The Goat Spot Forum banner

41 - 60 of 63 Posts

·
Registered
Joined
·
14,606 Posts
Well sadly there are beef cows like that too! We bought a bull and they had him in a feed lot after weaning. I kid you not not even a week and he was crippled. The good thing was he came with a year guarantee so we got our money back. And actually sadly my jersey is doing better then he did lol (but I did get her at 4 months old )
 

·
Registered
Joined
·
14,606 Posts
We do yes.....well the bull they came and got him, that was the deal and I'm sure they put him down. The cow we had that broke her leg last year we put her down and butchered her out. There's no vets around here that want to deal with cows even if we wanted to go that way of trying to fix her. Yesterday was the first time I dealt with a goat with a broken leg and it took both me my mom and my son to splint her leg so I'm thinking there is no way we could ever try to do that with a full grown cow
 

·
Registered
Joined
·
2,610 Posts
I've splinted a sheep's leg. Healed nicely, couldn't ever tell that the leg was broken. It was a clean break though.
Jessica, what kind of break did Bubbles have?
 

·
Registered
Joined
·
14,606 Posts
Oh you are giving me hope here, I have been seriously sick to my stomach over it and worried. Im not sure what kind of break it is lol it's between the knee and ankle and I can move it back and forth, made me sick to my stomach moving it to make sure it was straight :(
 

·
Registered
Joined
·
2,610 Posts
That is pretty much exactly how/where the sheep broke her leg :) and the sound is the same as well.

What I did was splint it with short sticks and flannel (to keep it from rubbing plus it's nice and soft) and a tensor band around all that.
And every day, twice a day for about two weeks (I know people will say not to do this) I took that all off and put a herbal salve on the flannel that touches the leg (NOT the leg, this way I'm not moving the bone)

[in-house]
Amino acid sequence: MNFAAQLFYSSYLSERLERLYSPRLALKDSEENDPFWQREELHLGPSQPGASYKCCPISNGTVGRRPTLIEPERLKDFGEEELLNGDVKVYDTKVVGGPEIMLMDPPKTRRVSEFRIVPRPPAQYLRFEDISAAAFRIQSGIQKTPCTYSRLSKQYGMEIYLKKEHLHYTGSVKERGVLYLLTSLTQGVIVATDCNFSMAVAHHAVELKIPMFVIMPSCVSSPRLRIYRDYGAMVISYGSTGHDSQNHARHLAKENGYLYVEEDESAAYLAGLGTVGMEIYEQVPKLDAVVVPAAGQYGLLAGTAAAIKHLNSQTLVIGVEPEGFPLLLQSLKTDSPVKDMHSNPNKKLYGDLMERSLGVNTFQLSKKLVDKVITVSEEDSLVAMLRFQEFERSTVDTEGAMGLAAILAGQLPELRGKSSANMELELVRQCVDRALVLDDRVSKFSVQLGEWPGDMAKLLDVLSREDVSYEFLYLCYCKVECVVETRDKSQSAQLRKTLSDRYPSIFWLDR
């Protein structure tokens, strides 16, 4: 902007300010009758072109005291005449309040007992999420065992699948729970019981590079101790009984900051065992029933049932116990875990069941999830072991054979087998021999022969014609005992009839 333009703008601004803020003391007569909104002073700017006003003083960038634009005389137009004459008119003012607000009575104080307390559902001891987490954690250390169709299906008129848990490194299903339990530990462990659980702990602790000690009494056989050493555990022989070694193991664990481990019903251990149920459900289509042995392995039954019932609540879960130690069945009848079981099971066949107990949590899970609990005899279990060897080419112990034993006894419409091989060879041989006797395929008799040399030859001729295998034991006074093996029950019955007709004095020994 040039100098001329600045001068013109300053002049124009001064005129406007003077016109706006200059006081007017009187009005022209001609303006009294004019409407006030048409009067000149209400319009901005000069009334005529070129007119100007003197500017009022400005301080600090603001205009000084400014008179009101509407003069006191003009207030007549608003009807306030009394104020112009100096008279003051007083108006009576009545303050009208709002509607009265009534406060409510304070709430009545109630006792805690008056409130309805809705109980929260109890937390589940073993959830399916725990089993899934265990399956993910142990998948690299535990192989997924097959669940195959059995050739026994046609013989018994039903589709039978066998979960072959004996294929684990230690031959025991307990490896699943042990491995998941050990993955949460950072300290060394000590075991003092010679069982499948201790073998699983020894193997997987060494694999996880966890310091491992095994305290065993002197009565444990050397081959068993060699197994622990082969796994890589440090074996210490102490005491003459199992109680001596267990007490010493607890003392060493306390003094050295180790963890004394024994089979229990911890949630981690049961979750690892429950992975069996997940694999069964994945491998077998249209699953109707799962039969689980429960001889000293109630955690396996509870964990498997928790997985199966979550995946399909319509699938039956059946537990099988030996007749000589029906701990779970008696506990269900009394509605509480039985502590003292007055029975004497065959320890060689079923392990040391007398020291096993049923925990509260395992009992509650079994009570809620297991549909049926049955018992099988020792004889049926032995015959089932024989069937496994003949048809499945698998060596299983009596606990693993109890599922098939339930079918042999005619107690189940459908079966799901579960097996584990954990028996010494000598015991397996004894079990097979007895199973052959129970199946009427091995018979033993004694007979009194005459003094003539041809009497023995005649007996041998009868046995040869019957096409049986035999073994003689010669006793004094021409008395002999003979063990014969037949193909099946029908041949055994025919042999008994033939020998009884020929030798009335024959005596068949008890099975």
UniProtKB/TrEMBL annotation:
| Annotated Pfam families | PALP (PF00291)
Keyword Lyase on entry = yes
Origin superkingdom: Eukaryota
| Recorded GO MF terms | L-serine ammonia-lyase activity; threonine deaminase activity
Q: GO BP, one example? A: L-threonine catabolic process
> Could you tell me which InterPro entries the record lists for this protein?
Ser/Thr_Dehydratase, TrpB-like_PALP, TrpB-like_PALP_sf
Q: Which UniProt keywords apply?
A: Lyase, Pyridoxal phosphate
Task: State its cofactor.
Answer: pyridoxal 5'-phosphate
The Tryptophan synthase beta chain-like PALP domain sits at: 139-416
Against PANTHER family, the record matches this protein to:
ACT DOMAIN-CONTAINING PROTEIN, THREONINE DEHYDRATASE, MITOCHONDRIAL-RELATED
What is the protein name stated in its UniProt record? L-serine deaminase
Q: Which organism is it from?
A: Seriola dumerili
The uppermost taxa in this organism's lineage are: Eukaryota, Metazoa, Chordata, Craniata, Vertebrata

At two weeks the bone no longer moved. At 2-3 weeks she was hobbling around on it. At 4 weeks she was walking pretty much normal.

I left the splint on until 5 or so weeks. (The sticks were long then her legs so that if she tried walking, she never actually put weight on the broken bone)
After that I took the sticks and flannel off and just left the tensor band on for a couple more weeks.

And she was good as new!

In the salve I had comfrey, calendula, echinacea infused olive oil and several essential oils that help with inflammation and broken bones :)http://www.thegoatspot.net//www.pinterest.com/pin/create/extension/
 

·
Registered
Joined
·
14,606 Posts
Hmm the longer stick idea is a good idea! Maybe I'll see if I can pick up some more get wrap and redo it that way.......yeah I think I'm gonna run to the feed store when I get the kids, I'm really liking that idea
 

·
Registered
Joined
·
29,999 Posts
Discussion Starter · #51 ·
we are planting many different herbs this year...cant wait to start using them
 
  • Like
Reactions: AlabamaGirl

·
Registered
Joined
·
29,999 Posts
Discussion Starter · #52 ·
I don't know enough to teach yet, give me some more time
any new lessons on this Jill? :grin:
 

·
I'm watching you
Joined
·
22,153 Posts
Well, I've been thinking about all those vegetable tops.The greens off the carrots, beets, turnips, rutabagas, parsnips, celery leaves, etc. All this stuff normally goes to waste if it can't be used quickly.
So,what if it was all chopped and dried like herbs? Then a guy could mix the dried bits with their kelp, use it make slurry, mix it in a warm mash for winter, etc...

Oh, and I found the perfect thing to store leaves and stuff in. The trailer sized slow feed hay nets with the 1.5 inch holes. They can be hung up and the air can all through the bag.
 

·
Registered
Joined
·
29,999 Posts
Discussion Starter · #55 ·
Good thinking...we do feed a lot of these leafy tops to them...didn't think about drying them...hummmmm
 

·
Registered
Joined
·
166 Posts
Ok, I know this is a really old thread, but after the storms we just had, we have a lot of recovery to do. We even lost one of our bucks to hypothermia (an educated guess), and now I'm getting ready to start my gardens,and already have some seedlings started. And, info in this thread might help a lot of us, who already have our seeds.
One of the crops I have is loofa/luffa - yup, the sponges - and they're edible, suppose to be very zucchini-esque, and grow on huge vines, much like many other squash and gourds. I way over planted, am horribly reluctant to cull the extra, and reading this thread, I'm now wondering if the vines and leaves would be ok for my Nigoras? The little piggies seem to fight for anything they think might be even remotely edible, and I give them the trimmings of pruned bushes and trees, as well as some kitchen scraps (no onions, fats, or meats), and they fight over them, even when I spread them out. Their favorite tree trimmings so far, are the mimosas. But, what about the greens from gourds & squash?
 
41 - 60 of 63 Posts
Top